## Suitable equipment? [Study As­sess­ment]

Hi ssussu,

» » […] Did you use an infusion pump or an infusion bottle / drip chamber?
»
» Yes, the burble is extruded by squeezing the tube to float the burble up from the liquid surface of the tube, like this
» [image]

» so, the dose is not lost.
»
» » » » 2. only if you lost nothing […] the Cmax and AUC will equal the one with a constant rate infusion.
» » »
» » » […] if the dose is not lost, can i say just the AUC will be effect but the Cmax is the same with the canstant rate infusion?
» »
» » Read again what I wrote above.
»
» So, you mean the Cmax and the AUC both will equal the one with a constant rate infusion?

Yes!

» Don't we need to consider the eliminate rate?

Why? Elimination is independent from any kind of input.

» if we speed up the infusion rate while the eliminate rate is not change, the Cmax won't be greater than the constant rate infusion?

Again: yes.

In my simulations I assumed:
1. ▬▬ D=1 with a constant infusion rate of 2 h–1 (i.e., infusion time of exactly 30 minutes).
2. ▬▬ D=0.5 with a constant infusion rate of 2 h–1 (i.e., planned infusion time of exactly 30 minutes).
Infusion completely stopped after 15 minutes for five minutes.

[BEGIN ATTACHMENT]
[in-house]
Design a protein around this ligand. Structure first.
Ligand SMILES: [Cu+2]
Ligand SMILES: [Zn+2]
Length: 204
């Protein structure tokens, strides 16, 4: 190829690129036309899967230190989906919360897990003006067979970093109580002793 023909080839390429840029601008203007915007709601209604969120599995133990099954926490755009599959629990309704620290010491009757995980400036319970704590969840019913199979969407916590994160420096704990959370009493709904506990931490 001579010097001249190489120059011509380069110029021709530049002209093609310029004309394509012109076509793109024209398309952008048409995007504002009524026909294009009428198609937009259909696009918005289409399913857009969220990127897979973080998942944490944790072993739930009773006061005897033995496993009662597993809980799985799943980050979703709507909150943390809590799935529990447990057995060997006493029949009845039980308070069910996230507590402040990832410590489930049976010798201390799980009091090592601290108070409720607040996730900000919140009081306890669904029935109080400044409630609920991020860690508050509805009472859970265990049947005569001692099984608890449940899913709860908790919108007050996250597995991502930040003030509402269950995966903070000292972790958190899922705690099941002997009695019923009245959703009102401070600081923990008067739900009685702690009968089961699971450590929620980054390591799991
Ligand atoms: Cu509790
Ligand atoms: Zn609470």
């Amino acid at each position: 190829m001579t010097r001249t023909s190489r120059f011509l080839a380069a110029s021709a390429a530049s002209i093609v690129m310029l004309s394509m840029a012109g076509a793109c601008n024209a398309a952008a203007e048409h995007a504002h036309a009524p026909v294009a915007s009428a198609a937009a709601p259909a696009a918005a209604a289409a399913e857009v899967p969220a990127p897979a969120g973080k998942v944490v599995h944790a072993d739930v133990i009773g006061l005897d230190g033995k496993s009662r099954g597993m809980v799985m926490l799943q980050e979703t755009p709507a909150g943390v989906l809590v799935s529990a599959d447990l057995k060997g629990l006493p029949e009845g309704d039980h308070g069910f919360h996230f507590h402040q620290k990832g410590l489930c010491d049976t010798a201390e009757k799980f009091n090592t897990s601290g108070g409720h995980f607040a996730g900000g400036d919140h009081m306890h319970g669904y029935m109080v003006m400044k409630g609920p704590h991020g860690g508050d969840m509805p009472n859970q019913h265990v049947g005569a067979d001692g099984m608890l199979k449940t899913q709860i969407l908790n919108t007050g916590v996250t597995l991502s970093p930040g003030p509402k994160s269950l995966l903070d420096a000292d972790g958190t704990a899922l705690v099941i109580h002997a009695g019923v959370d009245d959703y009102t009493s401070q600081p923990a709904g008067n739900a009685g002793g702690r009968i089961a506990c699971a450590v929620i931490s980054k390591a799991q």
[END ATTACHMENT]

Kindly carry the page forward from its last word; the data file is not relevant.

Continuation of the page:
Infusion of the remaining D=0.5 resumed at 20 minutes with an accelerated infusion rate of 3 h–1 (i.e., infusion time of exactly ten minutes).
I have some doubts whether with your equipment (drip counter) you managed
1. to have the same infusion rate across all subjects (I guess in some infusion was completed earlier or later than at 30 minutes) and
2. to adjust an accelerated infusion rate properly.
ElMaestro had valid points as well. With an accelerated infusion rate you may run into safety problems.

Coming back to your very first question:
» Does the Cmax should be excluded? What about the AUC? What should the investigator to do if the same situation (need to stop temporarily or need to change the infusion speed) occurs next time?

For the next time I strongly recommend infusion pumps (yeah, I know, expensive): Exact infusion rates, no bubbles, no problems.
If you would have kept the original infusion rate (after the five minutes stop), i.e., complete it at 35 minutes, you would have seen a Cmax which is 0.35% (!) lower than expected with the planned schedule – if you have an early sampling time point. If not, you will observed a lower Cmax. How much lower depends on the sampling schedule and the elimination rate. Theoretically the AUC is not affected (depends only on the dose).

PS: Why did it take the nurse five minutes to expel the bubble? In my experience about one minute should be sufficient. Would look like this:

Dif-tor heh smusma 🖖
Helmut Schütz

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